Judge John W. Keys
This gentleman is the present Probate Judge of Warren County. He was born in Milford, Bucks County, Pa., on the 28th of August, 1814. His father was of Irish and Scotch extraction, and was born and raised in Philadelphia, and his mother was of German origin, and was a native of Salem County, N. J. In 1819 his father, a tanner and currier by trade, emigrated to Ohio, and located in Waynesville, arriving there in October. This was his residence until the time of his death, which occurred in 1830. This event left the family, comprising his wife and seven children, ~ five sons and two daughters ~ with no pecuniary resources whatever. The oldest child ~ the subject of this sketch ~ was then only fifteen years of age. But Mrs. Keys was a woman of rare executive ability, and proved herself amply equal to the situation and emergency in which most women would have failed. She rallied her children around her, and inspired them with the same self-reliance, courage, and hope that dwelt in her own breast, secured for them such positions of honorable employment as they were able to fill, thus early initiating them into the stern realities of life, and developing in their character the elements of a substantial manhood and womanhood. That this noble mother has lived to see all her children useful and respected members of society is a matter of special congratulation. She still resides in Waynesville, at the green old age of eighty-six, at which place are also located three of her sons, John W., Joseph G., and Isaac E. Keys, and her two surviving daughters, Mrs. Israel Brown and Sarah A. Keys. It is a fact quite noticeable that the descendants of this family are connected by intermarriage with a large number of the families of this community. That after the death of Mr. Keys there was no death in the family for a period of some thirty-four years, is also a circumstance of rare occurrence.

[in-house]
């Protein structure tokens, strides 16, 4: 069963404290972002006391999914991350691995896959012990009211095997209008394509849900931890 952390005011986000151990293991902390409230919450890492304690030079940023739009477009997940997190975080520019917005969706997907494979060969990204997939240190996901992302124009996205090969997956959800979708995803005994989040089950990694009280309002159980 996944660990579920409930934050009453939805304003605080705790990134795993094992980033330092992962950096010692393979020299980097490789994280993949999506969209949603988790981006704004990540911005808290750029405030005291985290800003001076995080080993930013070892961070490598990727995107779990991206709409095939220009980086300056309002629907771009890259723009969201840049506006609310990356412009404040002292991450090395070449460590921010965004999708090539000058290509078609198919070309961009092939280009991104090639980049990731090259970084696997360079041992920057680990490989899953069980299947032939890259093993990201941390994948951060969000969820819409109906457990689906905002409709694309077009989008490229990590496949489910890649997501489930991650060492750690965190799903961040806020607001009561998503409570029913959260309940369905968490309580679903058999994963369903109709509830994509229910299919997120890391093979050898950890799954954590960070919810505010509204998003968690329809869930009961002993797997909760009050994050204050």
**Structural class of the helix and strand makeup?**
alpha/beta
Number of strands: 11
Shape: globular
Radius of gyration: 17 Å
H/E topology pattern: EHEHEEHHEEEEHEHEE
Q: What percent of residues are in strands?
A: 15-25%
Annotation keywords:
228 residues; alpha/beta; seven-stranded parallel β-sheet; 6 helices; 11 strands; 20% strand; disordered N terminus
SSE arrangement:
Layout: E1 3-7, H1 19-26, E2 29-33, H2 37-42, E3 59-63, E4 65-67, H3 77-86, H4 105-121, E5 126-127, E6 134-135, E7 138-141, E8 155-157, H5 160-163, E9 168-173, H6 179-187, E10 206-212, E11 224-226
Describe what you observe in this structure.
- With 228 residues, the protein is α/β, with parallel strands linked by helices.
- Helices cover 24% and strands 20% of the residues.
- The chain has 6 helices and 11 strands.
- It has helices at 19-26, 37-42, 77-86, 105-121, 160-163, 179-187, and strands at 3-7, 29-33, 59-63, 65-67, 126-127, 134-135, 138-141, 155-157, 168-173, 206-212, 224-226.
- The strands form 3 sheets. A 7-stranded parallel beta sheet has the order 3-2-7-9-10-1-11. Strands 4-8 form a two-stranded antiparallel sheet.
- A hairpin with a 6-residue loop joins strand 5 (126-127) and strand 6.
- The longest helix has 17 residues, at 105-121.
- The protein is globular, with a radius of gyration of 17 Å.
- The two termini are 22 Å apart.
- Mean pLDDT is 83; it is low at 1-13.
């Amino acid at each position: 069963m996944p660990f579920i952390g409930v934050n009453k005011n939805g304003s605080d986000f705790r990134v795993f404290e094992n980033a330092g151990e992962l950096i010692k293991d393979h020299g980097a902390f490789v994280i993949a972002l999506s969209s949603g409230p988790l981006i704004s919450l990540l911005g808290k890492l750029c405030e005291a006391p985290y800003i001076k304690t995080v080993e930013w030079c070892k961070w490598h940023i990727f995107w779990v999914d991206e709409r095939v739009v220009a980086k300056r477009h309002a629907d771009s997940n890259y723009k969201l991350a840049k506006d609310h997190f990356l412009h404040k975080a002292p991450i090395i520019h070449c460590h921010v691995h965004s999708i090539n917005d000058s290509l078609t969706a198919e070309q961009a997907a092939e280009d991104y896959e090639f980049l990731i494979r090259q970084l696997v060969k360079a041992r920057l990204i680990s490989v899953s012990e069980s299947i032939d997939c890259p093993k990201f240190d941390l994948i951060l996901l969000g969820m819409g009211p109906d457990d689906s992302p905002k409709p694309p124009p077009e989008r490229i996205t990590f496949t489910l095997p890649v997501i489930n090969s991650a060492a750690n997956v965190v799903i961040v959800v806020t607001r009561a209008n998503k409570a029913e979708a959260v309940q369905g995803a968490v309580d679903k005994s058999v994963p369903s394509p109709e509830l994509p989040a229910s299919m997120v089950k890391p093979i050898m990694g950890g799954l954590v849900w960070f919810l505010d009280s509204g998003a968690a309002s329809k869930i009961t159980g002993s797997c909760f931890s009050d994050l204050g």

The second son, William Keys, served in the War of the Rebellion, and died at Chattanooga, Tenn., in January, 1864, leaving a wife and seven children. The third son, Thomas J. Keys , is a resident of California, and has been a member of both branches of the Legislature, besides filling other positions of importance and honor.**
The first sixteen years of the life of the subject of this sketch (John W. Keys) were passed upon a farm. He then came to Lebanon, where he served a three years' apprenticeship to a cabinet-maker, and subsequently worked for the same length of time as a journeyman.
In December, 1836, he opened a cabinet and undertaker's shop in Waynesville, which business he has carried on ever since; and in his services therein he has attended about two thousand burials.
In February 3rd, 1842, Judge Keys was married to Miss Sarah B. French (April 17, 1812 ~ March 22, 1884), a native of New Jersey. This union has been honored with a family of six children, three sons and three daughters, of whom two daughters and one son survive.
Judge Key's facilities for acquiring an education were very limited, the circumstances of the family after the death of his father preventing him from attending school, with the exception of a brief space of fourteen days, but by a faithful improvement of occasional periods of leisure, he acquired quite an extensive fund of general information, which fitted him for various positions of honor and influence which he has since filled.